Scientists find god

(Reuters, London/New York/Mexico City) — A paper to be published in Nature this week will detail the discovery of a god in Mexico, academic sources say.

The discovery was of an incarnate deity identified as Xipe Totec, the Aztec god of agriculture, vegetation and the direction of east. He was found by the a team led by Moore Starkweather, an ethnobiologist of Harvard University, and Claudia Umbridge, professor of Mesoamerican archaeology at the University of Cambridge.

Starkweather, when contacted for comment, described the discovery as “an utter shocker in the groin”; his expedition had merely meant to investigate the local cult sites for burial pits of the famous Aztec human sacrifices. When they unearthed Xipe Totec in an underground pyramid know as Loltec Tlatlauhca, the Grave of the Red Smoking Mirror, they initially thought him a local trickster, playing dead for laughs.

“When he then rose and took off the skin he was wearing, and exhibited extraordinary resistance to handgun bullets, we thought, this guy really is something else. Not even Penn and Teller can catch that many! To our surprise he was perfectly fluent in English, though he wasn’t entirely up to date with American history.” According to Starkweather, Xipe Totec had promised to return from his Big Sleep, but had overslept. In the meanwhile his worshippers had perished, and “the local Catholic priest had no knowledge of Xipe Totec’s promise to return, so we kind of adopted him, seeing as he needed our help more than we his dominion. He’s a decent enough fellow, very old-fashioned and polite. As a funny anecdote, we had to tell him the cartoon Batman is not a god of ours; he was absolutely crushed but expressed interest in coming to America and meeting the voice actors anyway.”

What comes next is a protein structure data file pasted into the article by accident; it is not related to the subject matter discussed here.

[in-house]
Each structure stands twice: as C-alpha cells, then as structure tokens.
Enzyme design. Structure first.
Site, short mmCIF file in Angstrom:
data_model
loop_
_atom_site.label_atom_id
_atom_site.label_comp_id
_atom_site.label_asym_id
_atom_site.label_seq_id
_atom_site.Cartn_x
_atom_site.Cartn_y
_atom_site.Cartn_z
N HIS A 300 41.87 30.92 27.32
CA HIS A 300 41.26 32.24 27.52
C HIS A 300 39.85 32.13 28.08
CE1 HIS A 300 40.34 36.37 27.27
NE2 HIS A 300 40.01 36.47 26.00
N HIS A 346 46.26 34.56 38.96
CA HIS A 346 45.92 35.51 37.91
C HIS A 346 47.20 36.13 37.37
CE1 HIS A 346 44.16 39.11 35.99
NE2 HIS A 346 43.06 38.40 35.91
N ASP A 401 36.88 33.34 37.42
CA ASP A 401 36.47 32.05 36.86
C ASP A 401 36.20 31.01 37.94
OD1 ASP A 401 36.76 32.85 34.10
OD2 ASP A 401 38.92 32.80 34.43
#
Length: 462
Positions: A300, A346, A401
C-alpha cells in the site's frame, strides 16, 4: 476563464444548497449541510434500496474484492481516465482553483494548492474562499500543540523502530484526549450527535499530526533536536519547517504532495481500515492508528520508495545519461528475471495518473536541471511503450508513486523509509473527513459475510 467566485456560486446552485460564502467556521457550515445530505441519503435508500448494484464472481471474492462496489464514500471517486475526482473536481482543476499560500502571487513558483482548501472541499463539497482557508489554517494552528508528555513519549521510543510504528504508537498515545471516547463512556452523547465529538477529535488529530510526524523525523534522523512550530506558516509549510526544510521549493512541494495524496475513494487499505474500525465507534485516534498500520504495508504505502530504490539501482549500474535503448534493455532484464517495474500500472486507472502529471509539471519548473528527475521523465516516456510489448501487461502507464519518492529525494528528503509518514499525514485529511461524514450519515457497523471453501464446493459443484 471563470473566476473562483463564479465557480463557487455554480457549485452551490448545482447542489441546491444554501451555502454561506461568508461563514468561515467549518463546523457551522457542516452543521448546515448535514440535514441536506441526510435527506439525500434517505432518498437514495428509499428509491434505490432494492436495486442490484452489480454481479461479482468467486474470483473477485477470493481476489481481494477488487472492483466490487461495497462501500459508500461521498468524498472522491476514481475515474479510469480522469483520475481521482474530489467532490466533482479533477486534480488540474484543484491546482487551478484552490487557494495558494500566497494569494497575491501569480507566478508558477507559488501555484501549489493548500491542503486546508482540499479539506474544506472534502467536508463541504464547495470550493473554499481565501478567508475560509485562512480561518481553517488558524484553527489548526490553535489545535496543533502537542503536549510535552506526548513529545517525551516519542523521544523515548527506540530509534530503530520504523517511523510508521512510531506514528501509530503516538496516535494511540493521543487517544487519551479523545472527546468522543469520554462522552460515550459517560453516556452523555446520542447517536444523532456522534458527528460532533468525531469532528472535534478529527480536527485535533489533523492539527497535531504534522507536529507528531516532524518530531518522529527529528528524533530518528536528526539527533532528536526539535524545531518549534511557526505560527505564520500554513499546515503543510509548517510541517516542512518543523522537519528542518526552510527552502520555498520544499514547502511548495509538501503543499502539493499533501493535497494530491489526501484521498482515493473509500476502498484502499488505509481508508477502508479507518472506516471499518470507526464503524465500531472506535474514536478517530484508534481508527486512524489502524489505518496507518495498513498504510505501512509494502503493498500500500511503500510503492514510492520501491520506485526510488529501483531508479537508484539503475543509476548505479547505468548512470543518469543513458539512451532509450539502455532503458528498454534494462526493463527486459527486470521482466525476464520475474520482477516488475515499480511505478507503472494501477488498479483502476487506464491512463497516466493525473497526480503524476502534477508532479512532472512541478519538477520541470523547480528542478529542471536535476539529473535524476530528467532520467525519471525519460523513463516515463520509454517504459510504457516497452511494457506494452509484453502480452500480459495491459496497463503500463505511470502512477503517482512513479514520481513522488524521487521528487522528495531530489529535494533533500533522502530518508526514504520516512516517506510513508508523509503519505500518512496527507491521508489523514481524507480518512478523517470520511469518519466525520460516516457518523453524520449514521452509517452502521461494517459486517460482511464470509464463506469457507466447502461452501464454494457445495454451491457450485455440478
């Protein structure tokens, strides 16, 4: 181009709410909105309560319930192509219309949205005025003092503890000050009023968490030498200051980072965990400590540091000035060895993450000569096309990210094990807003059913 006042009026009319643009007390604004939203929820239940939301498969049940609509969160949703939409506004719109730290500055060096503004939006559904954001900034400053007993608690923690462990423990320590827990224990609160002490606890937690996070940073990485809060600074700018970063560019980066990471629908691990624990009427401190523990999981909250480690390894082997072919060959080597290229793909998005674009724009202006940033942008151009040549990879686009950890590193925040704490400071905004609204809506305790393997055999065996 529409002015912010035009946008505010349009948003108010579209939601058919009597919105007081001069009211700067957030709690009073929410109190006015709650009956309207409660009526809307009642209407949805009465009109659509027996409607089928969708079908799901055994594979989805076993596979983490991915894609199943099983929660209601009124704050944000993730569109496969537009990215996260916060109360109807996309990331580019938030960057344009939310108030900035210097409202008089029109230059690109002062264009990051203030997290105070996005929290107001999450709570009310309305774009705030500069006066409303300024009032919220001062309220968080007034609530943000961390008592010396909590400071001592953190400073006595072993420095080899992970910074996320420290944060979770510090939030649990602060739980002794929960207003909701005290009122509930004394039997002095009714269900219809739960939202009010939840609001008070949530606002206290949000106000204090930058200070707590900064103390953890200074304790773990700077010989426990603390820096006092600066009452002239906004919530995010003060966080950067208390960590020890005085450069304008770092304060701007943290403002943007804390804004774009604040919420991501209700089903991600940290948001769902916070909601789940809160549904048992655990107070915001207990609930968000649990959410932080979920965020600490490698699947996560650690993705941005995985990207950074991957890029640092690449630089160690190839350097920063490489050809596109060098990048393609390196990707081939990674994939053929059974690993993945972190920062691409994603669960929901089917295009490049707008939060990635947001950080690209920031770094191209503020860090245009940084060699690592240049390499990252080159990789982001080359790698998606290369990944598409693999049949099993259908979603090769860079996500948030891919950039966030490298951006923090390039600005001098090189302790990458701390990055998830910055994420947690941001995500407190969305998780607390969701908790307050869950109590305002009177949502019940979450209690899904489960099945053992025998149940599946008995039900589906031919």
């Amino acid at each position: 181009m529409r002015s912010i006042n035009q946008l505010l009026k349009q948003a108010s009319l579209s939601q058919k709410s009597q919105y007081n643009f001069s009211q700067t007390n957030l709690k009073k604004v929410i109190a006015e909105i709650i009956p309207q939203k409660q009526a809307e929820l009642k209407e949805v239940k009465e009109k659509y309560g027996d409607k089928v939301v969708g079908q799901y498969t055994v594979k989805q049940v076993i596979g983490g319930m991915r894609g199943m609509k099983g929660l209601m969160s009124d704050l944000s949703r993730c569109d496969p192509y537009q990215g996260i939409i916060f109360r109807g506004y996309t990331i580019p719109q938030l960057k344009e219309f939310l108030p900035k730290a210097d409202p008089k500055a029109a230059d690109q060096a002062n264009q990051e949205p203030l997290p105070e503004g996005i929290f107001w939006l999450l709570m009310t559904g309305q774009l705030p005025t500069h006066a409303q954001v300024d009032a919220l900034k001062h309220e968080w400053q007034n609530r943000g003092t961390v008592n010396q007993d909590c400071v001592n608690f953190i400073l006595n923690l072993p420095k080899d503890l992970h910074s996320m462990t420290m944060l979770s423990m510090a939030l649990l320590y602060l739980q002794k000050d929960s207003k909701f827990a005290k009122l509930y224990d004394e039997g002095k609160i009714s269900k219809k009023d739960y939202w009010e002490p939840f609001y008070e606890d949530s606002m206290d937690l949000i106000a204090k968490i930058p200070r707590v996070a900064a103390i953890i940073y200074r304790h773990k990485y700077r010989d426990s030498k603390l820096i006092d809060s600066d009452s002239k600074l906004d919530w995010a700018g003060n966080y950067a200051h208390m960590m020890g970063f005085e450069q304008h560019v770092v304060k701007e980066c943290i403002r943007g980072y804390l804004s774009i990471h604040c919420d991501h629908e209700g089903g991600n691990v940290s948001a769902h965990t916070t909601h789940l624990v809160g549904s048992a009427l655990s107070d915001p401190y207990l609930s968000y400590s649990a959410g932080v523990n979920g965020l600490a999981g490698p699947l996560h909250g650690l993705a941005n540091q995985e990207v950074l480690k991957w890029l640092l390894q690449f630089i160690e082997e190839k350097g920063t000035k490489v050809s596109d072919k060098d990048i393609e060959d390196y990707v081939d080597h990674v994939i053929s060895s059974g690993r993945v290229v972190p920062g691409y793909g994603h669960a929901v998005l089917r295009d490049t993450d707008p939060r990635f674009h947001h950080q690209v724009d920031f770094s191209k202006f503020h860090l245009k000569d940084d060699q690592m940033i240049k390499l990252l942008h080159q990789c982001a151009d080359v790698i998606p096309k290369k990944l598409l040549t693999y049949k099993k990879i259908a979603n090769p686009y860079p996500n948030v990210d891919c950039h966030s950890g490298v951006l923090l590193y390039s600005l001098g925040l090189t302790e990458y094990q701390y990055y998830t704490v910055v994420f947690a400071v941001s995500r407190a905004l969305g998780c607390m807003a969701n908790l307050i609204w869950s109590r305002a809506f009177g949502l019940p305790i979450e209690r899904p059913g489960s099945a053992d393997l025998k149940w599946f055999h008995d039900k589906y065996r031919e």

Professor Thomas Griphook of Harvard described Starkweather’s find as “possibly the biggest shake-up in Mesoamerican history since the 1957 discovery of the Tlatcuachtl inscription”, adding it could also have repercussions beyond the field of ethnobiology. “Archaeology, for example, is sure to be impacted by this powerful new source of information.”

Xipe Totec is presently housed at the US consulate in Mexico City as a guest of the consul, and could not be reached for comment. The local newspaper Pollo a la Mexicana reports the consulate as being surrounded by black-burning flames and a cloud of several million red doves; local authorities could not provide a mundane explanation for this, what Starkweather calls “the honor guard of Xipe Totec”, one of many examples detailed in the Nature paper.

Starkweather wishes to stress he is not and has never been a Totecist, and neither has any of his expedition crew; to the best of his knowledge Xipe Totec is not engaged in missionary work at this present time; and is not interested in a revival of his former religious community. While ecumenical work will certainly rise to the forefront in the future, Starkweather adds this is “not the time to bloviate on whose god is real, and whose perhaps problematic”.

Mr. Williams Rowntree of the Southern Luthero-Baptist Seminary, when contacted for comment, commented that “this must be a confusion of some sort”. According to him, “godhood is a very delicate concept, and unlikely to be manifested in a manner as crass as what has been reported. But I remain open to arguments to the contrary.”

Mr. Raphael Velaquez of the Institute for Mesoamerican Antiquity expressed concern at the news. “Xipec Totec translates as ‘our lord the flayed one’, and while as a representative of the Institute I am a tremendously excited, given our current exhibit is ‘the Gods of the Aztecs’, personally I am a bit worried that there might be human rights issues in the play, regarding the widespread practice of flaying that accompanied the worship of Xipe Totec.” When asked if he accused Mr. Starkweather’s team of any impropriety, Mr. Velaquez declined to comment.

According to a Mexican government source that wished to remain nameless, Xipe Totec will be granted honorary Mexican citizenship upon request; this would be the first step of a unique and no doubt difficult process of naturalization.

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